For starters, it sounds quite contrarian, antiquarian even, in this day and age, to assert one’s “socialism” in the obvious face of History, which changes its make-up several times a decade, anymore: a dab of recession here, a little more war-paint there.
Well, lipstick traces of all possible revolutions notwithstanding, it seems that most advanced Capitalist nations are, in fact, Socialist to a large degree; ironic that a country like China has emerged as an avatar of Capitalism after over half-a-century hatching a billion-plus plots behind its Great Wall of Communism.
The Man-in-the-Street might say: “Communism? Capitalism? It’s all Chinese to me…” Yet, in the West, it used to be Greek, as in Democracy, that most sacred of secular words, except that the man-in-the-street never got Greek: it all just sounded like “Bar-bar-bar”: a barbaric blur of barliamentary politics.
But I digress… In a nutshell, it seems to me that every Capitalist is a Socialist, yet the vast majority of Socialists are not Capitalists: or, at least, not very good ones. Capitalists, that is. Statistically stated, the so-called 1% depend upon the other 99%, in the same way that any given 1% of society—be they rich, poor, or possibly undecided—depend upon the other 99%, no matter how we slice the socio-economic pie. Ain’t nobody rowing the ship of Civilization alone.
Take away the other 99%, for example, and the remaining 1%–or the uncommonly wealthy—will have to work very hard, indeed. Hey: Who’s going to pick up the trash? Even the possibility of a high standard of living vanishes without the help of the other 99%. In reality, this “help” amounts to the most basic, and extensive, case of Welfare there can be.
The fact of affluence itself is entirely relative: one literally gets rich at the expense of all the others. Which is to say: everyone else foots the bill for one’s uncommon wealth. If you are outnumbered 99 to 1, it stands to reason that you will absolutely require more than a little acquiescence, or “help,” from the other 99 in order to produce and maintain your privileged status. Thus the curious paradox of our system, that the most affluent among us represent the most dependent class.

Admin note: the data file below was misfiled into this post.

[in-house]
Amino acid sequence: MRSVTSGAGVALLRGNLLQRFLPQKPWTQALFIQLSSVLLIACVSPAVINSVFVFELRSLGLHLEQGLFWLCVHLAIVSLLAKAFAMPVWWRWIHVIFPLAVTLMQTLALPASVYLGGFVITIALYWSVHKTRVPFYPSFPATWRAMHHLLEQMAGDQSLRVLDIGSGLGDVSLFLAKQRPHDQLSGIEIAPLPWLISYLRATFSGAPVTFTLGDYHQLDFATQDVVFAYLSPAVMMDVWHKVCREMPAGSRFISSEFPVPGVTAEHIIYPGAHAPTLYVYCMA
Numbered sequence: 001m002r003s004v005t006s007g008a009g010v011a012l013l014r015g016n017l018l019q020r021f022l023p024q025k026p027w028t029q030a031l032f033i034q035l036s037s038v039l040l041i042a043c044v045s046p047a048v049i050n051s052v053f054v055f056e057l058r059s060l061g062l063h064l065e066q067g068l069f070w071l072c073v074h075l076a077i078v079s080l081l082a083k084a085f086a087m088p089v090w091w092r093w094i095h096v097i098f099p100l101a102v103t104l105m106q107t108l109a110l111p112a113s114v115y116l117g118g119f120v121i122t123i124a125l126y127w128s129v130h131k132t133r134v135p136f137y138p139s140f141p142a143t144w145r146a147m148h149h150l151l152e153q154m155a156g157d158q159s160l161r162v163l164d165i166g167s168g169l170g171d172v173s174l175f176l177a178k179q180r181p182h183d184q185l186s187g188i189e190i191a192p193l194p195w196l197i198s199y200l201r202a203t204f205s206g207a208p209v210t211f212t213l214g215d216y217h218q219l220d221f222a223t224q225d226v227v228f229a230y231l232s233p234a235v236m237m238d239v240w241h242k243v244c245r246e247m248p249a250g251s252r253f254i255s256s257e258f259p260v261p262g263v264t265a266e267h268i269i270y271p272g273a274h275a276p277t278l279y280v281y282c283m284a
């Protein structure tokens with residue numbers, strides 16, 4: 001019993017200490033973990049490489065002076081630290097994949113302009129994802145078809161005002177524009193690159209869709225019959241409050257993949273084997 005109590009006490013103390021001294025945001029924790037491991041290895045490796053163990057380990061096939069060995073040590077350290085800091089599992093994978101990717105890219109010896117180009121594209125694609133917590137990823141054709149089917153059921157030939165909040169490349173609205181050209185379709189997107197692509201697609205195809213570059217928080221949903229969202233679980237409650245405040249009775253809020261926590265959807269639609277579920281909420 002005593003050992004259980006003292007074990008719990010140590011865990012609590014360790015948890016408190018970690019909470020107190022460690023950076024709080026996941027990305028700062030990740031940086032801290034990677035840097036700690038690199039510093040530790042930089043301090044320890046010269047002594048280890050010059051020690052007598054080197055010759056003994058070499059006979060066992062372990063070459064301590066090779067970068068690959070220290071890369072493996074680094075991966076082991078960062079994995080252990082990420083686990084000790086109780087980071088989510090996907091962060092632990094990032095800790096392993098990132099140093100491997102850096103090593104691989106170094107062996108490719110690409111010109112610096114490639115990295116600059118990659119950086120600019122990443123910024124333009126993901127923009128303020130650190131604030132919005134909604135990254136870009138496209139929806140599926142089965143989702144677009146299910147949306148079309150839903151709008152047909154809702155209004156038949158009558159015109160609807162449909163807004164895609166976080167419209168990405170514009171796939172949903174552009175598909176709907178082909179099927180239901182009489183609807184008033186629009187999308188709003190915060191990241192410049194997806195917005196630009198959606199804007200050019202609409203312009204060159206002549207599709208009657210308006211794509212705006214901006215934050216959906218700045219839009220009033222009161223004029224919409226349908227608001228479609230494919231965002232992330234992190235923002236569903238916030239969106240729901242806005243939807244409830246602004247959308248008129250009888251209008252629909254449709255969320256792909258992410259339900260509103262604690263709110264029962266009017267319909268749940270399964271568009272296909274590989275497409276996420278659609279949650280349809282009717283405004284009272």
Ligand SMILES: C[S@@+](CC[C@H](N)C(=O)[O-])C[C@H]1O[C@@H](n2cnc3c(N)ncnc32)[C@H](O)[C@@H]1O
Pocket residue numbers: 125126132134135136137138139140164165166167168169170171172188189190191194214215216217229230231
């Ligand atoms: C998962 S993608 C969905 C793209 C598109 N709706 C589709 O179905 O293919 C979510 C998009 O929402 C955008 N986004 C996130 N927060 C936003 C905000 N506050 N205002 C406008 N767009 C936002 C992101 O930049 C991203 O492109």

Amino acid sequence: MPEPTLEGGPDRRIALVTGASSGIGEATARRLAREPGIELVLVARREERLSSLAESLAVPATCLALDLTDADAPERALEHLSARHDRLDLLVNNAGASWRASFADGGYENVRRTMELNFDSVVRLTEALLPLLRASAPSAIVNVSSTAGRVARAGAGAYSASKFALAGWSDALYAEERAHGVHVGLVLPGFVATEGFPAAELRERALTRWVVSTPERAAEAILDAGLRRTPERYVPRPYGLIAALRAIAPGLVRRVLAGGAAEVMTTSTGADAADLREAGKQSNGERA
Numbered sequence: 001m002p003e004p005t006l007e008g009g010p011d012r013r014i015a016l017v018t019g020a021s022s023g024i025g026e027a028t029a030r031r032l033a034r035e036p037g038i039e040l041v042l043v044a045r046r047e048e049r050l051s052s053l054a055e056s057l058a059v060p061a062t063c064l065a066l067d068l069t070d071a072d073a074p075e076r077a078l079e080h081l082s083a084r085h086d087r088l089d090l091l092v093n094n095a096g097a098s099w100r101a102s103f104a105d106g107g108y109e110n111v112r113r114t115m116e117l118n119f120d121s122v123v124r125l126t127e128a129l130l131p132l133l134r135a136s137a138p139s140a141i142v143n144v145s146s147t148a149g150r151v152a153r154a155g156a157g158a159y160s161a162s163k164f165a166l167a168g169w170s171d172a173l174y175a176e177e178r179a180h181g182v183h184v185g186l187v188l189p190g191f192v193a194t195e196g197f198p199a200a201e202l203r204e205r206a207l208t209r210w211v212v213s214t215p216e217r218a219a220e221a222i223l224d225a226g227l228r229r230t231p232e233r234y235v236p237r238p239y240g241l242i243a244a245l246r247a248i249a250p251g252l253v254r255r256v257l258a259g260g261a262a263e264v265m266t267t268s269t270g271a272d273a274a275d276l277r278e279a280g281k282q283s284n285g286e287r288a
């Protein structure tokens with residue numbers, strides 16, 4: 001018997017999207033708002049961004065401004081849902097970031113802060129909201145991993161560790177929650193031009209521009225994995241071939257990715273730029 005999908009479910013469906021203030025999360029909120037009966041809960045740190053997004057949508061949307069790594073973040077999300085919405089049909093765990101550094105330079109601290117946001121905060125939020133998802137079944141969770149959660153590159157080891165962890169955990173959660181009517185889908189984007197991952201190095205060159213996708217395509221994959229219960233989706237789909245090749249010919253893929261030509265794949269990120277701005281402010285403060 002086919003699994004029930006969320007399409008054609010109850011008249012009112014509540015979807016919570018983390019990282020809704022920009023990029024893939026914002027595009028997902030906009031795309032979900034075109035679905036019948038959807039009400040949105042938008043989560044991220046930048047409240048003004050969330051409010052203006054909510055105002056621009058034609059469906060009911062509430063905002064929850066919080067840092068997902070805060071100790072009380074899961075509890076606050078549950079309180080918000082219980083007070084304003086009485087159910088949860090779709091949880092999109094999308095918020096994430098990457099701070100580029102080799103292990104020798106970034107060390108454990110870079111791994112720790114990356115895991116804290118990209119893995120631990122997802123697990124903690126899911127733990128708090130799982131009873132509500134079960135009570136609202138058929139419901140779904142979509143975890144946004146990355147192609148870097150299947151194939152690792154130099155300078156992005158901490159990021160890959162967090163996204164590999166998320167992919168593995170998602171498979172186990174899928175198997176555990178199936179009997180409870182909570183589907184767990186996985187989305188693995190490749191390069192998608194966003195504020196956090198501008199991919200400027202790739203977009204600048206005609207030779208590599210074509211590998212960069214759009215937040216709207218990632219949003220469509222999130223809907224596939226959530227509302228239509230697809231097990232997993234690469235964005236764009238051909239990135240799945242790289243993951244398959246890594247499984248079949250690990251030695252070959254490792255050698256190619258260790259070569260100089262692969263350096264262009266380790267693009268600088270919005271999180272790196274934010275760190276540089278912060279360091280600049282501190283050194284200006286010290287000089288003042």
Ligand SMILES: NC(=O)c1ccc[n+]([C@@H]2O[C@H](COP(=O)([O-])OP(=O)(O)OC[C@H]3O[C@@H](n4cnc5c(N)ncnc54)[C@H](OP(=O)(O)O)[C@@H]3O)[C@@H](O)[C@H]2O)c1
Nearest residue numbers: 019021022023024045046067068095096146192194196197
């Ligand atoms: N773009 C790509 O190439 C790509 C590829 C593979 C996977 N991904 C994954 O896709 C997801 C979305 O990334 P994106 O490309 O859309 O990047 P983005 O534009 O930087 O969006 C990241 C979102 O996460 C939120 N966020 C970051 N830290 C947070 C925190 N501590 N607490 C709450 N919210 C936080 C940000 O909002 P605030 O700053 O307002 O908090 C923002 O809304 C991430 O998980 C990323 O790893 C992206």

To restate things a scoche: everyone in society is by definition a Socialist; the Capitalist—strictly a fancy pants kind of Socialist.
Being a Socialist, for me, then, simply involves a basic reality check, which I would rather cash in the denomination of actual affirmation, a positive disposition. If I were to look in the mirror and declare: “Hey there, you Capitalist, you!”—that would be an exercise in sheer denial, a frivolous vain conceit. Narcissists, famously, don’t get along well with others, unless those “others” are mirrors.
Being a Socialist, then, is good for the self-esteem, and I recommend it—although 4 out of 5 doctors may disagree. Much better to recognize yourself as something you are, a social being, than to define yourself in terms of something you are, in all probability, not. Moreover, for the self-aware Socialist, the Future is Today: interest-bearing grave plots, not so much (how now: a Pyramid for your bones?) Co-operation, not Competition, is the engine that runs every society: how things get done. Competition itself is a derivative of Co-operation, and is meaningless outside of a co-operative framework to support it.
In conclusion, I’ll note that describing myself as a socialist does not imply any particular political party affiliation. It merely involves a critical awareness of the way things stand. Democrats and Republicans, for example, are all equally Socialists, too, no matter how many times they hit the snooze button on their “dogmatic slumber.”
Now, ever mindful of the Fairness Doctrine, beyond the landscape of this socialist analysis, I will propose an alternative model for your consideration: If the Owners, the Stakeholders, that exceptional One Percent, are still seen as “Capitalists,” then the rest of us, we Ninety-Niners, might be more accurately labeled as Table Scrapitalists.
So: “Trickle me down, Elmo; Trickle me Now!”